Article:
Saturday, August 12, 2023

2023.08.12 Hopewell @Home ▫ Acts 27:1–28:10

Read Acts 27:1–28:10

Questions from the Scripture text: What was decided in Acts 27:1? Who is going with Paul? Who was delivered with him? To whom?  What did they enter in Acts 27:2? Where did they sail? Who was sailing with Paul and Luke (cf. Acts 19:29)? Where did they land in Acts 27:3? How was Julius treating Paul? By giving him liberty to do what? What route did they take to end up where by the end of Acts 27:5? What did Julius find there (Acts 27:6)? What did he do? How was the sailing going now (Acts 27:7)? Where did they have to reroute until ending up where by the end of Acts 27:8? What had been spent (Acts 27:9)? Why was sailing dangerous? What did Paul do? What did he observe (Acts 27:10)? By which two people was the centurion more persuaded (Acts 27:11)? Who else gave the same advice (Acts 27:12)? Why? Where did they hope to winter? What happened, to which they supposed what (Acts 27:13)? What did they do? How soon did what happen (Acts 27:14)? What couldn’t the ship do (Acts 27:15)? What did they do? Where did they end up in Acts 27:16? What could they barely do there? What precautions did they take in Acts 27:17? Then what the next day (Acts 27:18)? And the next (Acts 27:19)? What don’t they see for how long (Acts 27:20)? What happens all this time? What do they give up? What weren’t they doing Acts 27:21? What does Paul stand up to do? What does he say that they didn’t do before? But what does he urge them to do now (Acts 27:22)? What does he say won’t, and will, be lost? Who had stood by him (Acts 27:23)? How does he describe God? What does he do unto God? What did the angel tell Paul not to do (Acts 27:24)? What must happen to him? What has God granted (bequeathed, lavished upon) him? What command does Paul now repeat (Acts 27:25, cf. Acts 27:22a)? Whom does he believe? What does he believe? What does he conclude must happen (Acts 27:26)? How long has the storm gone in Acts 27:27? What was happening to them? What did the sailors sense, when? What data supported this in Acts 27:28? What did they fear (Acts 27:29)? What did they do? For what did they plead? What were the sailors trying to do in Acts 27:30? What does Paul say to whom (Acts 27:31)? What do the soldiers do (Acts 27:32)? What does Paul implore them to do in Acts 27:33? How long had they fasted? For what purpose does he urge them to eat (Acts 27:34)? What does he then take (Acts 27:35)? What does he do in the presence of them all? How does he show that he’s distributing it to them, too? How many ate (Acts 27:37)? How much did they eat (Acts 27:38)? What did they do with the rest of the wheat? What time came in Acts 27:39? What did they note about the land? What did they hope to do? What did they now get rid of (Acts 27:40)? Then what did they do? Where did they end up running aground instead (Acts 27:41)? With what result? Now what did the soldiers plan to do (Acts 27:42)? Why? Who stopped them (Acts 27:43)? Why? What did he command instead? And what were the rest of them supposed to do (Acts 27:44)? What were they able to do (Acts 28:1)? What did they find out? What does Acts 28:2 note about the natives’ kindness? What did they do for them? Who was helping do what in Acts 28:3? But what happened? Who saw this (Acts 28:4)? What did they conclude? But what did Paul do (Acts 28:5)? And what happened (Acts 28:6)? Then what did they conclude? Who had an estate in that region (Acts 28:7)? What did he do? What difficulty did he face (Acts 28:8)?  But what did Paul do? With what result? Then what happened (Acts 28:9)? And what was done for how long (Acts 28:10, cf. Acts 28:11)?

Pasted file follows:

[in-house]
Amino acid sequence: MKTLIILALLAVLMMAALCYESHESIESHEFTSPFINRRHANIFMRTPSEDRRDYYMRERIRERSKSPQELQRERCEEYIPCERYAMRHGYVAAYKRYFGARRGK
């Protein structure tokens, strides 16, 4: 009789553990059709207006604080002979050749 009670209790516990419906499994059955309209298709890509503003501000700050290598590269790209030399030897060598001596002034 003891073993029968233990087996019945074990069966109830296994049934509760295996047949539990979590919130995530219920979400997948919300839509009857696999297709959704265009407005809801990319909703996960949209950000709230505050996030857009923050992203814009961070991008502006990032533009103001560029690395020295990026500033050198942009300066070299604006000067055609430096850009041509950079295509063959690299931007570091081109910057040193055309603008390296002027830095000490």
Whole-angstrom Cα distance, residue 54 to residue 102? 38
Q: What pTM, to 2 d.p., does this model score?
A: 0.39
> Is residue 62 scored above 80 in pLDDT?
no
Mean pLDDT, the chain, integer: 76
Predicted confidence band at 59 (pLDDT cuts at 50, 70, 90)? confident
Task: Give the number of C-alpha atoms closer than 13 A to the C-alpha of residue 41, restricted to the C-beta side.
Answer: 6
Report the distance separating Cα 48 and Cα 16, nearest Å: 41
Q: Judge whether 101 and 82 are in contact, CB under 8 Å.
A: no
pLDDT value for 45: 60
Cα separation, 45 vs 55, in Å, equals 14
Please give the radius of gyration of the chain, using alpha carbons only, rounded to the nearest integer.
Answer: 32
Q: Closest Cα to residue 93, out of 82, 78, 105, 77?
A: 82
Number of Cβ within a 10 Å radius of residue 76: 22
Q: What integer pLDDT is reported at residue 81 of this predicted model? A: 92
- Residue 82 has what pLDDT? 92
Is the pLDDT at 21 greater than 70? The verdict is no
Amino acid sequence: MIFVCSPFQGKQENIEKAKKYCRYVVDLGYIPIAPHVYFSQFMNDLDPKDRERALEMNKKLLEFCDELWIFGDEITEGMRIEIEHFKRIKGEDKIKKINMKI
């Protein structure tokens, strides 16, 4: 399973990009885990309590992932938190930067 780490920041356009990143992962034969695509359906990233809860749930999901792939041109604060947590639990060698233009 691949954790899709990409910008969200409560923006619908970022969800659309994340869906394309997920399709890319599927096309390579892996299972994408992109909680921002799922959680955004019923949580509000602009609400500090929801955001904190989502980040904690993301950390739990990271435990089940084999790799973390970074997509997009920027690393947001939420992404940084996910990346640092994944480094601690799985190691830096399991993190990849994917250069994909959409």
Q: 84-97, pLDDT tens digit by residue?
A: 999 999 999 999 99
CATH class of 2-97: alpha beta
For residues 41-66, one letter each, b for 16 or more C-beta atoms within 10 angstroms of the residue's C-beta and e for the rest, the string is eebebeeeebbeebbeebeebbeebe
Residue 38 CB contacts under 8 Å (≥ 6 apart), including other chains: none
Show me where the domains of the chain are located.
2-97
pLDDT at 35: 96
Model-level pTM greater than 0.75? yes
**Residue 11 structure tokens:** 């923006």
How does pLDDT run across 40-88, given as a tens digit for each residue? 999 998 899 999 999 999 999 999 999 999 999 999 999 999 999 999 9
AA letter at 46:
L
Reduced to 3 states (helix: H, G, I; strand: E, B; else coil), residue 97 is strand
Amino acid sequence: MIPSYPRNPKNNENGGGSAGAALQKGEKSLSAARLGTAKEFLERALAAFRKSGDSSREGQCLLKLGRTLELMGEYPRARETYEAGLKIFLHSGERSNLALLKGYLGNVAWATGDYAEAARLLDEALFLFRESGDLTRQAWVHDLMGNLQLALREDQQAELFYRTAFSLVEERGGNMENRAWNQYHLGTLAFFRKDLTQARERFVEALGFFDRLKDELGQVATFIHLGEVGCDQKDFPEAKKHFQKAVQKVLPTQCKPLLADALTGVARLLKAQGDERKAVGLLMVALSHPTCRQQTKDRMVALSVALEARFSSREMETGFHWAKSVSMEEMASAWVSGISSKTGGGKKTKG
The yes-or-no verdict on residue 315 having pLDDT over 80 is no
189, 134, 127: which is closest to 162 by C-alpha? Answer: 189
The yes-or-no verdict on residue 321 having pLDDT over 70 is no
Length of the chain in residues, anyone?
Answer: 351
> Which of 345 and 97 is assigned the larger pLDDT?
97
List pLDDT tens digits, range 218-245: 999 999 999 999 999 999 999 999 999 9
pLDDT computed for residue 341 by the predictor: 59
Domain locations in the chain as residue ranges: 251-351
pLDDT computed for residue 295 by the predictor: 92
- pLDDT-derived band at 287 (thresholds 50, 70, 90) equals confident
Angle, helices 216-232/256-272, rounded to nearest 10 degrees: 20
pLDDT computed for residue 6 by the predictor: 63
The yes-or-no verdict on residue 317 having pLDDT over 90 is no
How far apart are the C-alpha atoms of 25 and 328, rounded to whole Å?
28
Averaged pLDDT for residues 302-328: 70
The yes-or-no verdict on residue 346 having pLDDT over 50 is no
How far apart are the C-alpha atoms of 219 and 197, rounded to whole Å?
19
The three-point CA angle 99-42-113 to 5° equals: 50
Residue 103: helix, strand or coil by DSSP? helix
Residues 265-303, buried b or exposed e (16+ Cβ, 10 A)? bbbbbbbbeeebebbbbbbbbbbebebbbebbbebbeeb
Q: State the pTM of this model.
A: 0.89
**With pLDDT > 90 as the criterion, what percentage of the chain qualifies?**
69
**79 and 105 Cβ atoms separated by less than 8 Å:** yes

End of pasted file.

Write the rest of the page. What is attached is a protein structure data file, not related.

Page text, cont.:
What do Christians do for their unbelieving neighbors? Acts 27:1–28:10 looks forward to the morning sermon on the coming Lord’s Day. In these fifty-four verses of Holy Scripture, the Holy Spirit teaches us that with their neighbors, Christians act as those who belong to God, praying and laboring for their neighbors’ earthly and eternal good. 

Walking by faith, not by sight. In the Christian life, there is always more than meets the eyes. So, as holy Scripture teaches us, we walk by faith, not by sight (2 Corinthians 5:7). To the eye of sight, it looks like Paul is bound and that his life is constantly in danger from shipwreck (Acts 27:20), from soldiers who don’t wish to lose prisoners (Acts 27:42), from venomous snakes (Acts 27:3), etc. But to the eye of faith, Paul “must bear witness at Rome” (cf. Acts 23:11) and “must be brought before Caesar” (Acts 27:24), because the eye of faith “believe[s] God that it will be just as it was told me” (Acts 27:25).